Sunday, February 26, 2012

Sucking up to my teacher

About a month ago, I was privileged to be a judge at the Virginia Governor's Cup wine competition.  Now that the winners have been announced, I wanted to take a post to describe the tasting sheet we used.  It was designed by Jay Youmans, MW, my teacher for the WSET Diploma process.  At the risk of being a suckup, I liked it.

Tasting wine in a competition process is unique and very different from tasting in your living room, or even blind tasting under test conditions.  You have six wines in front of you that are probably the same grape, same region, and same vintage.  The basic taste is the same, for example, all merlot.  The tasting sheet doesn't ask to spend time going back and forth between a black raspberry and a blackberry descriptor.  It says, "yes, it's black fruit, let's move on."  The sheet is not about recognizing a wine, but evaluating it.  Are the flavors ripe?  What are the qualities of the tannins?  How much color got extracted?  We are expected to judge each wine individually, but when you are done, you get a really excellent look at what was possible with that bunch of fruit, and how close each individual winemaker got to that Platonic ideal.

So I encourage everyone to try this technique as a way to really jump forward in your trasting.  Get a bunch of wines, at least 6, from the same place and vintage.  Try to vary your purchases by price point, if you can. Have somebody else bag them and be critical!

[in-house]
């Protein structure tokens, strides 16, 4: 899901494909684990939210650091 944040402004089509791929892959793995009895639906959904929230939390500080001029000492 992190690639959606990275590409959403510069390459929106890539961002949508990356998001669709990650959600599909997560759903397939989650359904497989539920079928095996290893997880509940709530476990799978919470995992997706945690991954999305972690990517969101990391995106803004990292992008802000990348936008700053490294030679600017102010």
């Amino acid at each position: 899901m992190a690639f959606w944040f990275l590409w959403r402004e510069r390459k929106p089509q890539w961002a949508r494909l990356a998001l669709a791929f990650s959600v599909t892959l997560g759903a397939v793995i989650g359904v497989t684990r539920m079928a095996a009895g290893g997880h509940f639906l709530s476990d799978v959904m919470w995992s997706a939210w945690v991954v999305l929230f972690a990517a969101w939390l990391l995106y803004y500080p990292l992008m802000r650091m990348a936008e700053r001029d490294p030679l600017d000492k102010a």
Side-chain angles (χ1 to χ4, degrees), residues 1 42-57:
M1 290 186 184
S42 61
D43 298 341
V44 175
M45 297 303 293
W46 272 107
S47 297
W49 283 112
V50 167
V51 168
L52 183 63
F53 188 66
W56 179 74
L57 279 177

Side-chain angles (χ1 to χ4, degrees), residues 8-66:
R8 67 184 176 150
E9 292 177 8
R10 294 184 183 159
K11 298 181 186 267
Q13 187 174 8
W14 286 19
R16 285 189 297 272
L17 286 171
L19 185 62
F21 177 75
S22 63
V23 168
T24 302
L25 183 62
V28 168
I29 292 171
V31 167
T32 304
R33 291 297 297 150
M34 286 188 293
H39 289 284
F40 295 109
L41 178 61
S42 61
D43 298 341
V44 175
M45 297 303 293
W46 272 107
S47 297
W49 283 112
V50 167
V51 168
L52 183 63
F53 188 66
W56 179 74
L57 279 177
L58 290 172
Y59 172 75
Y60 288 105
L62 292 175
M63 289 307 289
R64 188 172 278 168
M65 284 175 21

Saturday, February 25, 2012

A very brief review of a good book I jest finished, The Art and Business of Champagne, by Dan Ginsberg. Ginsberg was the only American ever to head up a Champagne house, and as a businessman in his own right, wrote a unique and excellent text on the wine. It was opinionated and passionate and well written. The descriptions of each village were excellent to the serious student of wine, but I doubt anyone needed vintage reports going back to the early 1900s.

Thursday, February 9, 2012

Due Diligence

The blogosphere is atwitter about a recent case of possible fraud at Spectrum Auctions in London with Vanquish Wine Ltd..  The facts as I gather, are these: 13 lots of Domaine Romanee Conti were pulled on the eve of the auction because label irregularities had been alleged.  The problems were spotted by attorney Don Cornwell, a noted Burgundy collector and appear to have been consigned, through an intermediary, by  Rudy Kurniawan, who has been involved in the auction of several suspicious lots in years past (1, 2, 3). 

Most of the blog entries and news reports I have read focus on Mr. Kurniawan, with historical asides to the Harvey Rodenstock fiasco where an entire cottage industry of fake bottle production and sales destroyed many a reputation and jarred the faith we might like to have in the auction house industry.